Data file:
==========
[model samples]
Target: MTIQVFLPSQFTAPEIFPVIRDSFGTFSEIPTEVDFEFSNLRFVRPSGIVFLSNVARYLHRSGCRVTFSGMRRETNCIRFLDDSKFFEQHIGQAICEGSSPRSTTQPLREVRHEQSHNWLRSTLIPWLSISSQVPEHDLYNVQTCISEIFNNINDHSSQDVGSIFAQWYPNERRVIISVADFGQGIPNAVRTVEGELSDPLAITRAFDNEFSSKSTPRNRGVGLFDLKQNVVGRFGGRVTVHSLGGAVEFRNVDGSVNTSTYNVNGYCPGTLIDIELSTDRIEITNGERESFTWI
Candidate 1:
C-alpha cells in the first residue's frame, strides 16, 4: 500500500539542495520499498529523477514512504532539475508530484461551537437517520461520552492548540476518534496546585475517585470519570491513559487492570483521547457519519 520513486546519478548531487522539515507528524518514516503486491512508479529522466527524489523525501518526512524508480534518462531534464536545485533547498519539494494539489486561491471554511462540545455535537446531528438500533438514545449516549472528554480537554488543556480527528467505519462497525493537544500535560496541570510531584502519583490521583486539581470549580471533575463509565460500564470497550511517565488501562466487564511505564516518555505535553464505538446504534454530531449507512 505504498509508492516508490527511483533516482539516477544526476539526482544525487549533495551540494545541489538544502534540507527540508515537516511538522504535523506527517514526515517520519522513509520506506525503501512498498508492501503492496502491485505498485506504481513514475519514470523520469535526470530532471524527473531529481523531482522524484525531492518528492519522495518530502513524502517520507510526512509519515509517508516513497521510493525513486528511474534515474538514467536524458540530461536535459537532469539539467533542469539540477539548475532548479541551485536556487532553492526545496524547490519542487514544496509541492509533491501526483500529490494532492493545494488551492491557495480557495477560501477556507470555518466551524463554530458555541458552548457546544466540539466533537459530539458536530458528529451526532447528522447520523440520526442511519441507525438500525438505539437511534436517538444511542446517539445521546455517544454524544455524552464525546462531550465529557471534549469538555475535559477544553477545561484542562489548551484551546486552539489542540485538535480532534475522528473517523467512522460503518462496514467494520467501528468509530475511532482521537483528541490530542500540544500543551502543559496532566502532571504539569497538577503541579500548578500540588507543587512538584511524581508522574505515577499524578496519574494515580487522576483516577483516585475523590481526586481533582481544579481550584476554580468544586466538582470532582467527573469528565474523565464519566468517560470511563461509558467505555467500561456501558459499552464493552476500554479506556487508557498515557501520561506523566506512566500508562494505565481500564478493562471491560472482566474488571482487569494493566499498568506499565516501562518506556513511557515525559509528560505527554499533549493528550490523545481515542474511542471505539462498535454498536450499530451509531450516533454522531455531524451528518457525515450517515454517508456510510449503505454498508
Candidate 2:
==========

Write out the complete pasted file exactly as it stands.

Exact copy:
[model samples]
Target: MTIQVFLPSQFTAPEIFPVIRDSFGTFSEIPTEVDFEFSNLRFVRPSGIVFLSNVARYLHRSGCRVTFSGMRRETNCIRFLDDSKFFEQHIGQAICEGSSPRSTTQPLREVRHEQSHNWLRSTLIPWLSISSQVPEHDLYNVQTCISEIFNNINDHSSQDVGSIFAQWYPNERRVIISVADFGQGIPNAVRTVEGELSDPLAITRAFDNEFSSKSTPRNRGVGLFDLKQNVVGRFGGRVTVHSLGGAVEFRNVDGSVNTSTYNVNGYCPGTLIDIELSTDRIEITNGERESFTWI
Candidate 1:
C-alpha cells in the first residue's frame, strides 16, 4: 500500500539542495520499498529523477514512504532539475508530484461551537437517520461520552492548540476518534496546585475517585470519570491513559487492570483521547457519519 520513486546519478548531487522539515507528524518514516503486491512508479529522466527524489523525501518526512524508480534518462531534464536545485533547498519539494494539489486561491471554511462540545455535537446531528438500533438514545449516549472528554480537554488543556480527528467505519462497525493537544500535560496541570510531584502519583490521583486539581470549580471533575463509565460500564470497550511517565488501562466487564511505564516518555505535553464505538446504534454530531449507512 505504498509508492516508490527511483533516482539516477544526476539526482544525487549533495551540494545541489538544502534540507527540508515537516511538522504535523506527517514526515517520519522513509520506506525503501512498498508492501503492496502491485505498485506504481513514475519514470523520469535526470530532471524527473531529481523531482522524484525531492518528492519522495518530502513524502517520507510526512509519515509517508516513497521510493525513486528511474534515474538514467536524458540530461536535459537532469539539467533542469539540477539548475532548479541551485536556487532553492526545496524547490519542487514544496509541492509533491501526483500529490494532492493545494488551492491557495480557495477560501477556507470555518466551524463554530458555541458552548457546544466540539466533537459530539458536530458528529451526532447528522447520523440520526442511519441507525438500525438505539437511534436517538444511542446517539445521546455517544454524544455524552464525546462531550465529557471534549469538555475535559477544553477545561484542562489548551484551546486552539489542540485538535480532534475522528473517523467512522460503518462496514467494520467501528468509530475511532482521537483528541490530542500540544500543551502543559496532566502532571504539569497538577503541579500548578500540588507543587512538584511524581508522574505515577499524578496519574494515580487522576483516577483516585475523590481526586481533582481544579481550584476554580468544586466538582470532582467527573469528565474523565464519566468517560470511563461509558467505555467500561456501558459499552464493552476500554479506556487508557498515557501520561506523566506512566500508562494505565481500564478493562471491560472482566474488571482487569494493566499498568506499565516501562518506556513511557515525559509528560505527554499533549493528550490523545481515542474511542471505539462498535454498536450499530451509531450516533454522531455531524451528518457525515450517515454517508456510510449503505454498508
Candidate 2: